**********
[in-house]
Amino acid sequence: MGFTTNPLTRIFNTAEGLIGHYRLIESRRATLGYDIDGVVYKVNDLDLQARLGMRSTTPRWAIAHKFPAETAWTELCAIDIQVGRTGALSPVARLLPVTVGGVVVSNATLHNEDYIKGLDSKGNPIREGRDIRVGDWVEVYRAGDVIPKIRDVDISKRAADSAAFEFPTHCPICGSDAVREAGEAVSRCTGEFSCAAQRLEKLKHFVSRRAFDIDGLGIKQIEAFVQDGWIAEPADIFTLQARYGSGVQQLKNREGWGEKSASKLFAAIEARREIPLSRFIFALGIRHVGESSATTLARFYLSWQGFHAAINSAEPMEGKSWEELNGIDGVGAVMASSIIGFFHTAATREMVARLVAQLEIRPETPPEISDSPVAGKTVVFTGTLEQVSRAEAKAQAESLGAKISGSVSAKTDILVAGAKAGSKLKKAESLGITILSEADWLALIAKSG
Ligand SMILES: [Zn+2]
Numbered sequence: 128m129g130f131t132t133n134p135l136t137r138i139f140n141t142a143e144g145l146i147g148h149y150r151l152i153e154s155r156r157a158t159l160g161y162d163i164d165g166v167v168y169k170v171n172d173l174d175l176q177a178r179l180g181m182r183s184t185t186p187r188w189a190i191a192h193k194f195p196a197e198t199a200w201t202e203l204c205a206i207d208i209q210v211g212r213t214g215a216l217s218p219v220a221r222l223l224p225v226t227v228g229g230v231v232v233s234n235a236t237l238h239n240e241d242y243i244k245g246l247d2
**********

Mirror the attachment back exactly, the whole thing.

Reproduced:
[in-house]
Amino acid sequence: MGFTTNPLTRIFNTAEGLIGHYRLIESRRATLGYDIDGVVYKVNDLDLQARLGMRSTTPRWAIAHKFPAETAWTELCAIDIQVGRTGALSPVARLLPVTVGGVVVSNATLHNEDYIKGLDSKGNPIREGRDIRVGDWVEVYRAGDVIPKIRDVDISKRAADSAAFEFPTHCPICGSDAVREAGEAVSRCTGEFSCAAQRLEKLKHFVSRRAFDIDGLGIKQIEAFVQDGWIAEPADIFTLQARYGSGVQQLKNREGWGEKSASKLFAAIEARREIPLSRFIFALGIRHVGESSATTLARFYLSWQGFHAAINSAEPMEGKSWEELNGIDGVGAVMASSIIGFFHTAATREMVARLVAQLEIRPETPPEISDSPVAGKTVVFTGTLEQVSRAEAKAQAESLGAKISGSVSAKTDILVAGAKAGSKLKKAESLGITILSEADWLALIAKSG
Ligand SMILES: [Zn+2]
Numbered sequence: 128m129g130f131t132t133n134p135l136t137r138i139f140n141t142a143e144g145l146i147g148h149y150r151l152i153e154s155r156r157a158t159l160g161y162d163i164d165g166v167v168y169k170v171n172d173l174d175l176q177a178r179l180g181m182r183s184t185t186p187r188w189a190i191a192h193k194f195p196a197e198t199a200w201t202e203l204c205a206i207d208i209q210v211g212r213t214g215a216l217s218p219v220a221r222l223l224p225v226t227v228g229g230v231v232v233s234n235a236t237l238h239n240e241d242y243i244k245g246l247d2